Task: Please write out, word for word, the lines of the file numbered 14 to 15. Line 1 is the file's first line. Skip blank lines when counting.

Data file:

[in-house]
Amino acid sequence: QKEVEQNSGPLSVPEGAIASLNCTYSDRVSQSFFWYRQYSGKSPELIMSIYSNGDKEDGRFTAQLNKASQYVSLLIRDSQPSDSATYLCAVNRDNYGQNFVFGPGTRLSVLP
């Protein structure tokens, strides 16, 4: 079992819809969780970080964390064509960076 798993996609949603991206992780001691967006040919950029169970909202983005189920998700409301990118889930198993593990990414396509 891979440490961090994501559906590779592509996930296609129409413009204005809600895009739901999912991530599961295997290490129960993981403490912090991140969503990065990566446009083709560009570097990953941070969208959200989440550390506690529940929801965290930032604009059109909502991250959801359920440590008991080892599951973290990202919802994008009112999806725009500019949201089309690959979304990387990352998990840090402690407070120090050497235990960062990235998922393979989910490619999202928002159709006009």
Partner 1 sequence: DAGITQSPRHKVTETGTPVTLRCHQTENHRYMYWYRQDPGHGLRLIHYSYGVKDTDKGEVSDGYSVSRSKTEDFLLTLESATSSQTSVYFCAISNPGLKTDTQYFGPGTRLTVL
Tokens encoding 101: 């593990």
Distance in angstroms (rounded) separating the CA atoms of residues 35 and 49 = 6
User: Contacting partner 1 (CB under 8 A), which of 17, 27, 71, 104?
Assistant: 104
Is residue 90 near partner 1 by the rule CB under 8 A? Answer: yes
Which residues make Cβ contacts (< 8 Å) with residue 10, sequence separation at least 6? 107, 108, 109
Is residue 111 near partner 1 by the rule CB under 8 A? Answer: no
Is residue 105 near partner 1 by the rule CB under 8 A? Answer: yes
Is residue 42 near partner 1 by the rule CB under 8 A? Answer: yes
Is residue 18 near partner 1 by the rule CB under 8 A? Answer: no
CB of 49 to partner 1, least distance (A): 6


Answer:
Is residue 18 near partner 1 by the rule CB under 8 A? Answer: no
CB of 49 to partner 1, least distance (A): 6